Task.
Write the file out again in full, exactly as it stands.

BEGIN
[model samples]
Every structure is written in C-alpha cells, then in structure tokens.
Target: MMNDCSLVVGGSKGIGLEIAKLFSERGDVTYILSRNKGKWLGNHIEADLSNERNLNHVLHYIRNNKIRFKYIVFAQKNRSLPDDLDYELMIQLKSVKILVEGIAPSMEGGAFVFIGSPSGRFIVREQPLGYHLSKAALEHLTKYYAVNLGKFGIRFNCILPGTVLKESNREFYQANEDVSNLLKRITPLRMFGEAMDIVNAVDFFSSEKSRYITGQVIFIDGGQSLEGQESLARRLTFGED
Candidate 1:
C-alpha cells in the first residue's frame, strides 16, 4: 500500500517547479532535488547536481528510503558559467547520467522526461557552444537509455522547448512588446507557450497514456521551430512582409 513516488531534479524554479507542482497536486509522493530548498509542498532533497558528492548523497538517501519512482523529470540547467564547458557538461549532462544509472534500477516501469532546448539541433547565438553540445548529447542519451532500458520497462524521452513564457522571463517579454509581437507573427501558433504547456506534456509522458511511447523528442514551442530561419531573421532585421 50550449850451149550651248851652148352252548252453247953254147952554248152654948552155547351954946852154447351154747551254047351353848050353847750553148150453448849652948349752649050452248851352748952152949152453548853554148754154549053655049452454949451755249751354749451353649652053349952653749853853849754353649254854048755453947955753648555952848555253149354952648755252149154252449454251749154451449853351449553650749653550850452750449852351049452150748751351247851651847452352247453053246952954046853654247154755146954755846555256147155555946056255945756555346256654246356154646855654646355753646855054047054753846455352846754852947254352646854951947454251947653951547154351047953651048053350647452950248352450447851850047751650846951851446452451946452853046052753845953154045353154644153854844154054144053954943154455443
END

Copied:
[model samples]
Every structure is written in C-alpha cells, then in structure tokens.
Target: MMNDCSLVVGGSKGIGLEIAKLFSERGDVTYILSRNKGKWLGNHIEADLSNERNLNHVLHYIRNNKIRFKYIVFAQKNRSLPDDLDYELMIQLKSVKILVEGIAPSMEGGAFVFIGSPSGRFIVREQPLGYHLSKAALEHLTKYYAVNLGKFGIRFNCILPGTVLKESNREFYQANEDVSNLLKRITPLRMFGEAMDIVNAVDFFSSEKSRYITGQVIFIDGGQSLEGQESLARRLTFGED
Candidate 1:
C-alpha cells in the first residue's frame, strides 16, 4: 500500500517547479532535488547536481528510503558559467547520467522526461557552444537509455522547448512588446507557450497514456521551430512582409 513516488531534479524554479507542482497536486509522493530548498509542498532533497558528492548523497538517501519512482523529470540547467564547458557538461549532462544509472534500477516501469532546448539541433547565438553540445548529447542519451532500458520497462524521452513564457522571463517579454509581437507573427501558433504547456506534456509522458511511447523528442514551442530561419531573421532585421 50550449850451149550651248851652148352252548252453247953254147952554248152654948552155547351954946852154447351154747551254047351353848050353847750553148150453448849652948349752649050452248851352748952152949152453548853554148754154549053655049452454949451755249751354749451353649652053349952653749853853849754353649254854048755453947955753648555952848555253149354952648755252149154252449454251749154451449853351449553650749653550850452750449852351049452150748751351247851651847452352247453053246952954046853654247154755146954755846555256147155555946056255945756555346256654246356154646855654646355753646855054047054753846455352846754852947254352646854951947454251947653951547154351047953651048053350647452950248352450447851850047751650846951851446452451946452853046052753845953154045353154644153854844154054144053954943154455443